- Don’t assume public “hot spots” are secure: Café, hotel and airport “hot spots” are convenient, but they are not secure.
- Be careful about the information you access or send from a public wireless network: You should assume other people can see anything you see or send over a public wireless network.
- Log out of your email account. If you’re checking your email at a public computer, make sure that you log out of your account when you’re finished. The next person who visits that website may be directed to your inbox, if you don’t.
- Never store passwords on a public computer. If the computer prompts you to save the password, click “No.”
What can you do to avoid having your personal data so readily available?
Removing your personal data from the web can be a bit more difficult. There are so many sites that sell personal data – Intelius, Spokeo, 123people.com, Radaris, peoplelookup, the list is quite extensive, – cleaning your data from them can be tedious.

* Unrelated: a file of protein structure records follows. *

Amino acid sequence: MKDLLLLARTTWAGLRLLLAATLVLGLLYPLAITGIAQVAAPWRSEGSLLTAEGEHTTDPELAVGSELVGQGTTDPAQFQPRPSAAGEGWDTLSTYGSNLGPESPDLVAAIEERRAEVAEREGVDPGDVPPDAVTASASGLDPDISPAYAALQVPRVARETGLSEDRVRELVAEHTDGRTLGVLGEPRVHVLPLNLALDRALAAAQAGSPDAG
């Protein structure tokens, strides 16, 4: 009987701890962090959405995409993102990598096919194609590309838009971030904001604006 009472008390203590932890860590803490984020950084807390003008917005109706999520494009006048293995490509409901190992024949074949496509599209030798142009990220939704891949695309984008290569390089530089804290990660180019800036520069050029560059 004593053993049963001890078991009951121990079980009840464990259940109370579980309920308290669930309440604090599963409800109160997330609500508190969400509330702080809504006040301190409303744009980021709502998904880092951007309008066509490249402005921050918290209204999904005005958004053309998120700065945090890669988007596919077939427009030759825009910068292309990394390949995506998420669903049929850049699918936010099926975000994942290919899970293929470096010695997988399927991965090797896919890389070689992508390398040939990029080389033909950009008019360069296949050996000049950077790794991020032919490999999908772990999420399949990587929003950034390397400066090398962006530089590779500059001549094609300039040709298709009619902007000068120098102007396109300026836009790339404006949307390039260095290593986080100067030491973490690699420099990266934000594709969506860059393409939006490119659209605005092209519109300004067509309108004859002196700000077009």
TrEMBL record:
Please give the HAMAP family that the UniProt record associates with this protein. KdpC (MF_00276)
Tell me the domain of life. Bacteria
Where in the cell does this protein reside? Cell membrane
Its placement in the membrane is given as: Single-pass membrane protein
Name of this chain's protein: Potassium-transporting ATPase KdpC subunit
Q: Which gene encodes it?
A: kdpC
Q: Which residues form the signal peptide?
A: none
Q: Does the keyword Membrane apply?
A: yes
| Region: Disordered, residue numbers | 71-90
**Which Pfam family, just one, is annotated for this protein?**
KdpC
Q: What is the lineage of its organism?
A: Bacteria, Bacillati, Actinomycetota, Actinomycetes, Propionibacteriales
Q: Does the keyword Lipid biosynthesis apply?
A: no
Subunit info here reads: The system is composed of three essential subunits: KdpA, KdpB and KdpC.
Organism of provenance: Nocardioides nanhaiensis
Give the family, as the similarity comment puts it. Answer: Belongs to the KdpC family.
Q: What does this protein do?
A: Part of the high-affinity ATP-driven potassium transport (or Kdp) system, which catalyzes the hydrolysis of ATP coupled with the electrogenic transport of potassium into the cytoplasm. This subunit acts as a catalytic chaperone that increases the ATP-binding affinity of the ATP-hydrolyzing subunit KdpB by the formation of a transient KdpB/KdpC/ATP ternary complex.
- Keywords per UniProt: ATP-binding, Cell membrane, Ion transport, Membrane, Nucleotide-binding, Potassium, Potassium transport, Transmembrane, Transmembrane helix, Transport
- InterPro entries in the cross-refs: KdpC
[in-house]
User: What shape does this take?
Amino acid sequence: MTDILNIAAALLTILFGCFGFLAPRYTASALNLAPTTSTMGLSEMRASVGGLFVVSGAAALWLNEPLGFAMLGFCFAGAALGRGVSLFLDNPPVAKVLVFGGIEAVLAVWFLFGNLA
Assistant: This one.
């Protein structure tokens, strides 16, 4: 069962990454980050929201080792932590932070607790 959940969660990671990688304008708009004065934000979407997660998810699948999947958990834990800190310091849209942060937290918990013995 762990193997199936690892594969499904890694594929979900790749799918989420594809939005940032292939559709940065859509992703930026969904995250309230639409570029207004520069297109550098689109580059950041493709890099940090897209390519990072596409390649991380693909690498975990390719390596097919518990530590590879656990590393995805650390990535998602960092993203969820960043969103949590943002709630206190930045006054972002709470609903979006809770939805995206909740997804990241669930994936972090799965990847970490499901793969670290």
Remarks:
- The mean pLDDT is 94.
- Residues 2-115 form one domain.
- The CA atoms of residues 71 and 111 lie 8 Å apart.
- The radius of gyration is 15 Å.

I’ve written about Abine before; I continue to use their DoNotTrackMe to foil advertisers from tracking my online activity. I also have used Abine’s DeleteMe product for about two years now. This service periodically scours personal data sharing sites like those mentioned above, and removes my data:
Once a quarter, I receive a “Privacy Report” which shows my current status on 21 such sites; a small excerpt is shown below:
I spot check these sites once in a while, and my data NEVER shows up. The service is $129 annually, BUT if you’d like to work with the personal info sites yourself, Abine provides a handy little primer which includes contact information and specific instructions; here’s an excerpt:
Click here for these opt out instructions: How Your DeleteMe Operator Removes Your Data
To learn more about DeleteMe including subscription options, click here: Abine DeleteMe
Whatever you do, please use some common sense when it comes to online security and protecting your data.